Host: School of Psychological Sciences and Institute of Brain, Behaviour and Mental Health
Speakers: Presenters: Dr Alex Gerhard (Senior lecturer, Institute of Brain, Behaviour and Mental Health) and Dr Jason Taylor (Lecturer, School of Psychological Sciences)
Dr Alex Gerhard, Senior lecturer, Institute of Brain, Behaviour and Mental Health: “In vivo imaging of neuroinflammation in neurological and psychiatric disease”
Dr Alexander Gerhard completed his medical training at the University of Bonn, Germany, before specialising in Neurology and completing an MD on molecular electrophysiology. He has worked as a Clinical Research Fellow at the MRC Clinical Sciences Centre, Imperial College London, and in 2008 took up the position of Senior Lecturer at the University of Manchester, Wolfson Molecular Imaging Centre. He has a special interests in the role neuroinflammation in neurological and psychiatric disorders and has extensively used the PET– ligand and biomarker 11C®-PK11195 PET for activated microglia. The approach has been used in idiopathic Parkinson's disease, multiple system atrophy, progressive supranuclear palsy, and corticobasal degeneration. It has been possible to demonstrate a disease pattern in vivo that closely corresponds with the known neuropathology in these disorders. In addition to his research activities, Dr Gerhard is an Honorary Consultant in Neurology at Salford Royal NHS Foundation Trust, where he conducts specialist clinics in neurodegeneration, including Parkinsonian disorders and early-onset dementias. The focus of his clinical research is the clinical characterization of neurodegenerative disorders in correlation to genetic, biochemical and neuropathological parameters.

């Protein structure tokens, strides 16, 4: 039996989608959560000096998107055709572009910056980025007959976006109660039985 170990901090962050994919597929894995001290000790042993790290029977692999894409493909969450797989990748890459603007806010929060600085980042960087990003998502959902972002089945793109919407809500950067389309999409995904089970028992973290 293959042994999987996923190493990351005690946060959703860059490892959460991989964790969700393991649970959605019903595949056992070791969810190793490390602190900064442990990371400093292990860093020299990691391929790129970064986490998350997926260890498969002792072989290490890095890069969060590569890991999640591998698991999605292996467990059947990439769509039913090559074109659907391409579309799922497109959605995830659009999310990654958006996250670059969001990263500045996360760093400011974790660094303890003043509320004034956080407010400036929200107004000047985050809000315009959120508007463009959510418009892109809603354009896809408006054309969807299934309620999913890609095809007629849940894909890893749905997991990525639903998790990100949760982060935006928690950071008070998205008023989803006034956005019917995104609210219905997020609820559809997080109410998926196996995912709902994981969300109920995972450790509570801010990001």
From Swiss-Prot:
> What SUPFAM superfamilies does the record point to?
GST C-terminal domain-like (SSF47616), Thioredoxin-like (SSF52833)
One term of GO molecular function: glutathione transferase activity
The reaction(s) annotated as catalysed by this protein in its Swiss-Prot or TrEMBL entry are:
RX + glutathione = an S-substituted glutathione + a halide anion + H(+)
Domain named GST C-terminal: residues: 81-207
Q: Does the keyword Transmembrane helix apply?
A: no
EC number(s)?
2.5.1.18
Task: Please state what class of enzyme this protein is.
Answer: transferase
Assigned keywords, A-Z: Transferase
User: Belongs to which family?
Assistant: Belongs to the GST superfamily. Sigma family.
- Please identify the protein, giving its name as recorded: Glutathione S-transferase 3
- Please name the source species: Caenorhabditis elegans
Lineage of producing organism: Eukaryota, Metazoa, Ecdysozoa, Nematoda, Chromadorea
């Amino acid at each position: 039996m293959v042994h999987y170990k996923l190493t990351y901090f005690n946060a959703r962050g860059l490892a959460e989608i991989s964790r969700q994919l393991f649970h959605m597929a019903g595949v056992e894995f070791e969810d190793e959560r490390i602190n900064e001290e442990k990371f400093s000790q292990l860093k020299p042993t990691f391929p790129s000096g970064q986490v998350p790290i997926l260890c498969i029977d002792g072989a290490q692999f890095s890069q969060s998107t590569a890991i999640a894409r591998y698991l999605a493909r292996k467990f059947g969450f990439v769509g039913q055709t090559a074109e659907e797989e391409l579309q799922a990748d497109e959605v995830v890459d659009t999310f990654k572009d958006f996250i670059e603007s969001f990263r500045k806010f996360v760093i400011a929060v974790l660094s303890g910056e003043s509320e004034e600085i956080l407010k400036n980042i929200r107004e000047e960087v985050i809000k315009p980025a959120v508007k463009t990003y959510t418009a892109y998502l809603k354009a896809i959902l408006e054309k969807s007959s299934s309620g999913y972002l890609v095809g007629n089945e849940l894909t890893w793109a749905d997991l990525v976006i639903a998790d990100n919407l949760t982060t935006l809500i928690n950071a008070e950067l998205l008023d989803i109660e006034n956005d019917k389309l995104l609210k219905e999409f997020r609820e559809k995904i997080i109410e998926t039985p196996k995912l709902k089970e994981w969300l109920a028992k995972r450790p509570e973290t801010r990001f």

Dr Jason Taylor, Lecturer, School of Psychological Sciences: "Multi-modal imaging of the ageing brain: Structure, function, and cognition"
Dr Jason Taylor studies human memory (episodic and semantic) using the complementary approaches of neuroimaging (MRI, fMRI), magneto- and electroencephalography (MEG, EEG), and cognitive neuropsychological studies of impaired memory due to neurological disorders or dementia. He is also interested in how changes in the ageing brain relate to changes in cognition over the adult lifespan, and how neuroimaging and statistical methods can be optimised to investigate these issues.
About the research series:
The monthly Faculty Research Series events are open to all staff and students from across the Faculty of Medical and Human Sciences and the University, offering an opportunity to celebrate research achievement and stimulate scientific interaction. Each month one host School or Institute from the Faculty will pair with a different School or Institute to highlight and showcase similar topics from different perspectives. The 2014 series is led by Professor David Eisner and administered from the Faculty Research Office.
Held on Wednesday lunchtimes, each meeting lasts an hour, including two 20-25 minute presentations – one from a junior and one from a more senior member of Faculty staff. Each presentation will be followed by a short discussion. A buffet lunch will be available from 12.30. Presentations begin at 1pm.
Please note that places will be limited so registration is essential, please register via Eventbrite